I understand you have crossed that date line. Could you determine then if it was placed on the right astronomic line?
.....


I asked you first.
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Johann

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Re: The Samoan Sabbath Problem
« Reply #13 on: July 09, 2012, 12:49:30 PM »

Believe it or not, but since the beginning of 2012 the "official" Adventist churches in Samoa gather on Sundays for Sabbath School and worship, the same day as other Christian churches worship. It is reported that a growing number of Adventists refuse to give up Sabbath worship and are gathering on Saturdays.

The problem has arisen due to a revision of the International Date Line. It is reported that the Division office supports the Sunday keepers, but that the General Conference president refuses any attempt to settle the dispute, claiming that since this a cultural/anthropological problem it has to be settled locally. Some do not understand how he can classify a Sabbath observance question as a cultural problem when he claims that the ordination of women is not a cultural, but a theological problem, which needs years of study before it can be settled.


Could you share with us the source material where Elder Wilson describes this situation as a cultural/anthropological problem?
Thanks!

A private source dealing with the local people

We normally don't use the words "It is reported....." when referring to a private communique'. That terminology ("It is reported") is generally used to refer to public reports.

Do you feel the issue is cultural or astronomical?
.....

I understand you have crossed that date line. Could you determine then if it was placed on the right astronomic line?
.....


I asked you first.

You have crossed the line, I haven't, so it is up to you to decide, since it makes such a difference to you.

here you have two groups:

1. The majority has no problems. They have the support of

     a. Their church leaders

     b.  They keep the same day, Sunday, together with most other churches in the area. And since they do that:

     c. They will neve be persecuted for refusing to keep Sunday.

     d. They have little financial problems because they have the support of all the pastors who get paind from tithe money.

     e. Seemingly there will not be any problems from the General Conference.

      f. It even appears like they are supported by several members of this forum.

      g. A major problem for this group seems to be that more and more people leave this group and join the minority

2. The minority goup seem to have a greater awareness that they are in a difficult situation.

      a. A majority of their former fellow Adventist are against them

      b. The chuch leaders are against them.

       c. Pastors are not allowed to preach to them, so they are dependent of lay preachers and leaders.

        d. They risk financial problems because they receive less tithe and than the large group, and no finaclial support from the General Conference.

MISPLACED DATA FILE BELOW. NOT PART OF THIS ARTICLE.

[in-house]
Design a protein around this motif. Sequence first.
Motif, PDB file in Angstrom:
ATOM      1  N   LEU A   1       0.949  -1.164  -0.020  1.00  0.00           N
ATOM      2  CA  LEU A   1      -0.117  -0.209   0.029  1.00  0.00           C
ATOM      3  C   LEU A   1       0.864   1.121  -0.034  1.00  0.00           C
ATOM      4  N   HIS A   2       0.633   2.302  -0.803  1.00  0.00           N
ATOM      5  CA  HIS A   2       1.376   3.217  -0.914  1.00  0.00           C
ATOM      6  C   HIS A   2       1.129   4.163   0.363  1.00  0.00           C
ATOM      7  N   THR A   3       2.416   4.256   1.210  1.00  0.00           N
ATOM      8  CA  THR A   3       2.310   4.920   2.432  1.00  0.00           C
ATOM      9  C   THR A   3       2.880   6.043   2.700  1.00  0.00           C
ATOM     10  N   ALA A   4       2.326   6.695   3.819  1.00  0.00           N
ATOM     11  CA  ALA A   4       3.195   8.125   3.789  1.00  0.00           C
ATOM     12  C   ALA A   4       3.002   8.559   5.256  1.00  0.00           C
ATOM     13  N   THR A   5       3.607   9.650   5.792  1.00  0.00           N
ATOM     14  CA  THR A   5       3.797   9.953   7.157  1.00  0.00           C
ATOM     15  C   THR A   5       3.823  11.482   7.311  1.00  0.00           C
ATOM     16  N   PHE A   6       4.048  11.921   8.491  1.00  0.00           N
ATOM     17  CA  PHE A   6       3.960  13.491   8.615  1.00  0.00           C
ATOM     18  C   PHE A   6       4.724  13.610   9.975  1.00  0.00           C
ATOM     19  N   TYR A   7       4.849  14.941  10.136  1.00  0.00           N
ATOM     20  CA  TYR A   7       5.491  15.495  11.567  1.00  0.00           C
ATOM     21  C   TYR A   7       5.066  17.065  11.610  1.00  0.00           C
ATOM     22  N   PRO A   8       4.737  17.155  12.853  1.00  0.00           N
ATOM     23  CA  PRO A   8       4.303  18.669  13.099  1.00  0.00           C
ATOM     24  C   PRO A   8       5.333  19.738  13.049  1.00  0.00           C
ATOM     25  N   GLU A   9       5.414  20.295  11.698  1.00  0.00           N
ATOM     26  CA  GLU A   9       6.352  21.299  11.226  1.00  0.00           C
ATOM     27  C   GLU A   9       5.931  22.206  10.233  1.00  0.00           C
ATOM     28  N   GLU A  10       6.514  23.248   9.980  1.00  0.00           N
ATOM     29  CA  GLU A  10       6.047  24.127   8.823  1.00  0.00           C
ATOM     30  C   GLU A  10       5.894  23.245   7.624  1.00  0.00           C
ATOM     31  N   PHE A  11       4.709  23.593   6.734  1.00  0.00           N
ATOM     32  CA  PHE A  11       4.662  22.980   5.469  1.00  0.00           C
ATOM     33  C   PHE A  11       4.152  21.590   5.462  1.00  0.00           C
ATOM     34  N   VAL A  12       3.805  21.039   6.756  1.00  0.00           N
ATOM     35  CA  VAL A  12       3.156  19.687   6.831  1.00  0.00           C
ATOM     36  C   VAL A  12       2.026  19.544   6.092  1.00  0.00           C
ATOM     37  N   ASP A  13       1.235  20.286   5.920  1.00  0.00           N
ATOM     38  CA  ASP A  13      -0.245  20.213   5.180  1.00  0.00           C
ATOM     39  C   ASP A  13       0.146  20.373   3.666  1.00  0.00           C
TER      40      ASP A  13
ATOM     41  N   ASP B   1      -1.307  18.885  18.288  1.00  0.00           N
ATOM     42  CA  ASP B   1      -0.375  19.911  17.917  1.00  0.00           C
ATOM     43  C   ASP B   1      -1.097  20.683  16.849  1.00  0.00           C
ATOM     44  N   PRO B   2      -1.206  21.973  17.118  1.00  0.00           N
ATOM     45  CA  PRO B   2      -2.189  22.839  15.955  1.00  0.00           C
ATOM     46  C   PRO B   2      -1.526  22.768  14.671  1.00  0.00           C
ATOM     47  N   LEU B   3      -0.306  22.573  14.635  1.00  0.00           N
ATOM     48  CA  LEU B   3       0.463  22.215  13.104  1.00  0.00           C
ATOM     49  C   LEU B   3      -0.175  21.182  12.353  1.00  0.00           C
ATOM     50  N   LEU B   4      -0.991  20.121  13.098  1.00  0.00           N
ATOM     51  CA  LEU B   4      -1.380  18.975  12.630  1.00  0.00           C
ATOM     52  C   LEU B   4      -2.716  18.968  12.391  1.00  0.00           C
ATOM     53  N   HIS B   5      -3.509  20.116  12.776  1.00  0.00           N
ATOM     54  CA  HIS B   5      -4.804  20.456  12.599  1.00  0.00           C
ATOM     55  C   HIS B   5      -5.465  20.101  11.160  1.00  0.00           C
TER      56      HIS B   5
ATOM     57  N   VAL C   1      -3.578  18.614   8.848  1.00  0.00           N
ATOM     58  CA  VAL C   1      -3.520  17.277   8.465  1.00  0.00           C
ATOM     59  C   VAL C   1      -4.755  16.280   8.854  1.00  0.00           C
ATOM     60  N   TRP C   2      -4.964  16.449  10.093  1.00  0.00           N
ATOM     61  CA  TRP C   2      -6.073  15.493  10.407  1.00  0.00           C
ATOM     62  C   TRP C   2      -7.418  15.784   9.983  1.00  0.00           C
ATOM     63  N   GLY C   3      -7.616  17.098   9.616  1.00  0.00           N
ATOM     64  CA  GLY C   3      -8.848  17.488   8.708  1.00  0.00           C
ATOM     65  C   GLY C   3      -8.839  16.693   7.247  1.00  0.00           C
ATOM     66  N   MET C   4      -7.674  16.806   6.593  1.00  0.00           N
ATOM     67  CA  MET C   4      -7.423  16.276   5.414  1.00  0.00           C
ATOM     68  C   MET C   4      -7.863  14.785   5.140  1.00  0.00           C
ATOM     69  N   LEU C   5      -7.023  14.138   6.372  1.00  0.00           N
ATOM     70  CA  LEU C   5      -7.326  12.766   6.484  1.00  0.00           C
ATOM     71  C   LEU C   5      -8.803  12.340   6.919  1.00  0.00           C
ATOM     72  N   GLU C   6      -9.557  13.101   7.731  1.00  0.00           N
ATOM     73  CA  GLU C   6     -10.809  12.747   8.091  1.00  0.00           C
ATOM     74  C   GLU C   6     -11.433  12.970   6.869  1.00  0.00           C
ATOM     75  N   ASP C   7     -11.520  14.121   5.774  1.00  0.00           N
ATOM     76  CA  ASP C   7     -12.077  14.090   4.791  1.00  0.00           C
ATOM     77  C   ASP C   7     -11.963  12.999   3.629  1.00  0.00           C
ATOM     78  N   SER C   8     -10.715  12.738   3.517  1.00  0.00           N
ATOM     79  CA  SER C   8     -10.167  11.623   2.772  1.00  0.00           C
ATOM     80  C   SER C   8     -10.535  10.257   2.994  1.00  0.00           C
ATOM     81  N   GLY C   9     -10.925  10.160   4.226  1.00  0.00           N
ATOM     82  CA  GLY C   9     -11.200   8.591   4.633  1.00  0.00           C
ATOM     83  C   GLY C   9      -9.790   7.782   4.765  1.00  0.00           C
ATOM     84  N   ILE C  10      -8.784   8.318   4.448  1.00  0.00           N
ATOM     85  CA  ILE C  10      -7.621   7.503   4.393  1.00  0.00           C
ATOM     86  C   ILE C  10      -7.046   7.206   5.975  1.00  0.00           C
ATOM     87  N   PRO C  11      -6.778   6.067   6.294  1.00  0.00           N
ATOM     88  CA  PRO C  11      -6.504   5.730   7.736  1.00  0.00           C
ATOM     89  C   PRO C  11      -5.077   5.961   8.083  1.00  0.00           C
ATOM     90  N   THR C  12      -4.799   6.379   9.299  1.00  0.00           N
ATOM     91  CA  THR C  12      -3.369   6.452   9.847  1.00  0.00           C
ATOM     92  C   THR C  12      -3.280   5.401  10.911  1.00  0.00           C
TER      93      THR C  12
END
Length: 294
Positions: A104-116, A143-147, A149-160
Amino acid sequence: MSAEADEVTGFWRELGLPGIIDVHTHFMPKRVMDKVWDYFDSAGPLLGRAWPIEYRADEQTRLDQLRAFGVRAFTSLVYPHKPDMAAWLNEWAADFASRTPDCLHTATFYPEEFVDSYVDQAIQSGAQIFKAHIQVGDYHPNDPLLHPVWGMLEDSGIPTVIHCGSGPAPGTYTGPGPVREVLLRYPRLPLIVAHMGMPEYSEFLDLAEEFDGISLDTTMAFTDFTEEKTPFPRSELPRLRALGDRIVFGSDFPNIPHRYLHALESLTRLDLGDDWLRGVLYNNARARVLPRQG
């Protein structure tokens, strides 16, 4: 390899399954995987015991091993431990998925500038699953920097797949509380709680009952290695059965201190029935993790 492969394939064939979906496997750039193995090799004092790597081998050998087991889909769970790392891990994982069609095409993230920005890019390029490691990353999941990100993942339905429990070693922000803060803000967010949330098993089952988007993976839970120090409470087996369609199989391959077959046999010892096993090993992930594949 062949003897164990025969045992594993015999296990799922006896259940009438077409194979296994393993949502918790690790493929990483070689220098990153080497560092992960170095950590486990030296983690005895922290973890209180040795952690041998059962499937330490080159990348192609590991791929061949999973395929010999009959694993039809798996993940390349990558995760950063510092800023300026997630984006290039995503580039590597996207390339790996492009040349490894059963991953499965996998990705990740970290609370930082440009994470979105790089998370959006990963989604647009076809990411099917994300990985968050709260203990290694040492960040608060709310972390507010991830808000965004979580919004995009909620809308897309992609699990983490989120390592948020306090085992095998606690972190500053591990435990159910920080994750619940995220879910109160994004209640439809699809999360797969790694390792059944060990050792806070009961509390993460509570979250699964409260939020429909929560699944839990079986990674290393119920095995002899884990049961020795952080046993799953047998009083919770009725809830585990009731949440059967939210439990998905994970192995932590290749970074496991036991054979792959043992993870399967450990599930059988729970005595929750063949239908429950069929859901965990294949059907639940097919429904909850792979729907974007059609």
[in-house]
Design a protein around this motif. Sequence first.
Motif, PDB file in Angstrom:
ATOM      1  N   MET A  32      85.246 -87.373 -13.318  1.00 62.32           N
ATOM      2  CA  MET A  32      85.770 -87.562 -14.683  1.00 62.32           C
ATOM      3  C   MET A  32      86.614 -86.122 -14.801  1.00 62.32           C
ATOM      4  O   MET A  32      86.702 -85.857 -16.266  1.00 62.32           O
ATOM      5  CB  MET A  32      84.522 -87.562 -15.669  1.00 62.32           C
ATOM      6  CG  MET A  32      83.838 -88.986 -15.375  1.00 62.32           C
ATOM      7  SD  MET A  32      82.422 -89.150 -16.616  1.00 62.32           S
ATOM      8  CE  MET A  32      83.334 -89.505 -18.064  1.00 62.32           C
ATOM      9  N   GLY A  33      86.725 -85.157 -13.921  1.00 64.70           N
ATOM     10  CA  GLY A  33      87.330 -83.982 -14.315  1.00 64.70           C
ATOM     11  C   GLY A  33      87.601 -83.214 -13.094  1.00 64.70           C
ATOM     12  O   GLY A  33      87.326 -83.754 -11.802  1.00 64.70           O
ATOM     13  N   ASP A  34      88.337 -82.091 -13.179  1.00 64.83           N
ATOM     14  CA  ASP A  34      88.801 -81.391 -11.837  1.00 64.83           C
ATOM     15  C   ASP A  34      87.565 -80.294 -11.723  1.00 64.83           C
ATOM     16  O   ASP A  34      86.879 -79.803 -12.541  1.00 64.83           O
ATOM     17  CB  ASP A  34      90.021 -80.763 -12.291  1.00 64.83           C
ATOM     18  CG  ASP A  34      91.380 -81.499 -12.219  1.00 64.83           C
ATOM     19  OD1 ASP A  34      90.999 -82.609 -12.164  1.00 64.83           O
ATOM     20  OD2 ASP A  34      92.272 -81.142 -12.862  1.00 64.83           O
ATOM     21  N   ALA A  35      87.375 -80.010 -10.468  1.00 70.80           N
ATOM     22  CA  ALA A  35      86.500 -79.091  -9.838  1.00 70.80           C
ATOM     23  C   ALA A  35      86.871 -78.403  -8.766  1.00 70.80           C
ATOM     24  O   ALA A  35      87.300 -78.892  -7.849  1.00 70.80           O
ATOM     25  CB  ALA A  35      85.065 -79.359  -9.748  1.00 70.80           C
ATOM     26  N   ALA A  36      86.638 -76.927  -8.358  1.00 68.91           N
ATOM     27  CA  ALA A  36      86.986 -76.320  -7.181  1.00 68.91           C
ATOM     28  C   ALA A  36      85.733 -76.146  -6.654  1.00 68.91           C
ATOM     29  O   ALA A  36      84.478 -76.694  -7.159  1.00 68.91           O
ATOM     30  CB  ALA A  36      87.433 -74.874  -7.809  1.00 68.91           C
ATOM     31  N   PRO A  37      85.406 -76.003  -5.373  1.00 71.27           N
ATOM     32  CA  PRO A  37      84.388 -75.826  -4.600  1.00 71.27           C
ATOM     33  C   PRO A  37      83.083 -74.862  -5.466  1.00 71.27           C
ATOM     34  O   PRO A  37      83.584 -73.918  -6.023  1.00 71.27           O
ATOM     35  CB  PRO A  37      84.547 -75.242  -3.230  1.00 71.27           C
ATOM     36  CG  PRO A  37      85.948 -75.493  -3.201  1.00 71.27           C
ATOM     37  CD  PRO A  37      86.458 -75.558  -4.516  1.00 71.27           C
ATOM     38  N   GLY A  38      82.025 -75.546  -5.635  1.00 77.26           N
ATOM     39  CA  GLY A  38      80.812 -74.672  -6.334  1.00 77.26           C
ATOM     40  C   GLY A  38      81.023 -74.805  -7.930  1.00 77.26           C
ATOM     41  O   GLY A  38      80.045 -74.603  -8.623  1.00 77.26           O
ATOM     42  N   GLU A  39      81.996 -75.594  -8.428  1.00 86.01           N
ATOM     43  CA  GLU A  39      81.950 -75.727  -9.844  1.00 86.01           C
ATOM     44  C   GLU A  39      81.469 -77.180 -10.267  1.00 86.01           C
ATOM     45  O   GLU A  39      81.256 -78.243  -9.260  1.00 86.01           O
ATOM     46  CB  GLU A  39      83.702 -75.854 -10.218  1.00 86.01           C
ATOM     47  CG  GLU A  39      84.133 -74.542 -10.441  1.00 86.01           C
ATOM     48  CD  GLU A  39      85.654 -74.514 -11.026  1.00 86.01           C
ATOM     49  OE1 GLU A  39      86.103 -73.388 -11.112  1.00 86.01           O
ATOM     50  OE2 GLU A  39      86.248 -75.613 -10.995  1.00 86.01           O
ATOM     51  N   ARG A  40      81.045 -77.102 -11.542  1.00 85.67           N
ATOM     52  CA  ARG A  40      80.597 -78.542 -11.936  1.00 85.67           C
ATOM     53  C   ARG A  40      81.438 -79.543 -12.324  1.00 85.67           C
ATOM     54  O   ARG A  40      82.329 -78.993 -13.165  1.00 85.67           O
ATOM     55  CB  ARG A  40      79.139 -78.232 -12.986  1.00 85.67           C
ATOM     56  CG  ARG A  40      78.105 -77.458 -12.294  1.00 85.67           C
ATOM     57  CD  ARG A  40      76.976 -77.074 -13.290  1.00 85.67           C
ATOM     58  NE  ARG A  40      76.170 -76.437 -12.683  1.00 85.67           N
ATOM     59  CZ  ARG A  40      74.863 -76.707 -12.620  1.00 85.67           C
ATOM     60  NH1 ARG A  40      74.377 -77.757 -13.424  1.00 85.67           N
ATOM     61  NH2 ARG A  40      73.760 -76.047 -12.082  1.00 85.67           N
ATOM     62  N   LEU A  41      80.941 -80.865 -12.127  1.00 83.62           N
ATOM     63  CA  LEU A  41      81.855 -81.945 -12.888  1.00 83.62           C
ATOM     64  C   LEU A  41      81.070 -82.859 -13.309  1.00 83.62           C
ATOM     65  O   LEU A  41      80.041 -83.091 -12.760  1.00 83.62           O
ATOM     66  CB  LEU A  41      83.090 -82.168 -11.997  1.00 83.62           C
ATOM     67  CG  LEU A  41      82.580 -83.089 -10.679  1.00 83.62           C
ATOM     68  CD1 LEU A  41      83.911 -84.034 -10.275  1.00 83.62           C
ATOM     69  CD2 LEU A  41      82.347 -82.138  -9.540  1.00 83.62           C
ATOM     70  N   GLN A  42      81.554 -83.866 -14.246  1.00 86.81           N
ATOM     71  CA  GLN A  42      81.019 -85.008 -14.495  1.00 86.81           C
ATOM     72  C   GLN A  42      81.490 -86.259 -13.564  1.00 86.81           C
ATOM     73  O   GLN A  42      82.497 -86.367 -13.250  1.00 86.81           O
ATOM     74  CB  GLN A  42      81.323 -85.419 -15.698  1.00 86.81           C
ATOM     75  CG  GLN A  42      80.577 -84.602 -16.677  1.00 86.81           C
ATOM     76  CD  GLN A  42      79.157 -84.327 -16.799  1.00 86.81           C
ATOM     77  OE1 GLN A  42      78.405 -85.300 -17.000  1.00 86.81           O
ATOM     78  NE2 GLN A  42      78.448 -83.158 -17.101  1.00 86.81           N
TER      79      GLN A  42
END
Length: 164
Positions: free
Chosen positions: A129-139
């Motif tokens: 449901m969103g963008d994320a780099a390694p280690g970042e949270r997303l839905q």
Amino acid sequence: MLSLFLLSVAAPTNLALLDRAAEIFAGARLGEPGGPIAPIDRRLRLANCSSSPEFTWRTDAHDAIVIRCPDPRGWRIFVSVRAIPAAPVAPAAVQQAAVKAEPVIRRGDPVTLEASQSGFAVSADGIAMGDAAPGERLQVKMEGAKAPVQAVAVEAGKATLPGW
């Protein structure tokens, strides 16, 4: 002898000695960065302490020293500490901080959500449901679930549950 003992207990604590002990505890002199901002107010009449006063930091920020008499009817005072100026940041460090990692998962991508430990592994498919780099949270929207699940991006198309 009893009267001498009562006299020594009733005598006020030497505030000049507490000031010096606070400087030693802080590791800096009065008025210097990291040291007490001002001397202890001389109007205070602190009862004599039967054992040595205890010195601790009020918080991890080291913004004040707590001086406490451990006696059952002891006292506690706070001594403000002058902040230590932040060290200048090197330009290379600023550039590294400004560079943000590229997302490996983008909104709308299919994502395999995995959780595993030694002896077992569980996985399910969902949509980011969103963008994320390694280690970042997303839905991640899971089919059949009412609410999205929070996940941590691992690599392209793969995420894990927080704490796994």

e. Even some people on truth-loving AT accuse them of herecy.



Perhaps some of you would adjust theses lists.

       d. They probably meet ridicule from other Christian groups, as well as worldly people for not following the majority



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Gregory

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Re: The Samoan Sabbath Problem
« Reply #14 on: July 09, 2012, 01:25:36 PM »

Here is the issue:

1)  We as a denomination have taught that we are to keep the Sabbath which is the 7th day of the week and we believe that the Sabbath has been preserved since the time of Chirst so that we know which day is the 7th and that day in the U.S. is called Saturday.

2) Due to a change in the International Date Line,  The day that had throughout history been called Saturday (English) had its name changed to Sunday.  NOTE:  This had previously been done in some other island areas.

3)  The question now became:
a)  Do we now continue to keep what has been the 7th day of the week but is now called Sunday? 
b) Or do we keep the day now called Saturday  but was previouslly called Friday (English)?

4) In harmony with our traditional doctrine that says the Sabbath  is what has been the 7th day of week and that God has preserved since the  time of Christ, the majority of SDAs continued to keep the  7th day even though it was now called Sunday and became the day that most Protestants worshiped on.

5) A minoritiy said No!  The 7th day is not important.  What is important is to worship on a day that is different from what the other Protestants worship on.

Well, as an interesting point:  In the U.S. some Protestants are having worship services on Saturday.  And, in my area, the Roman Catholic Chruch officially has Mass on Saturday that the Bishop has stated fulfills their obligation to go to Mass on  Sunday.

Maybe we Adventists should switch our services to Friday?  No!  the Islamics worship on that day.  How can we find a day to keep that is kept by no one else?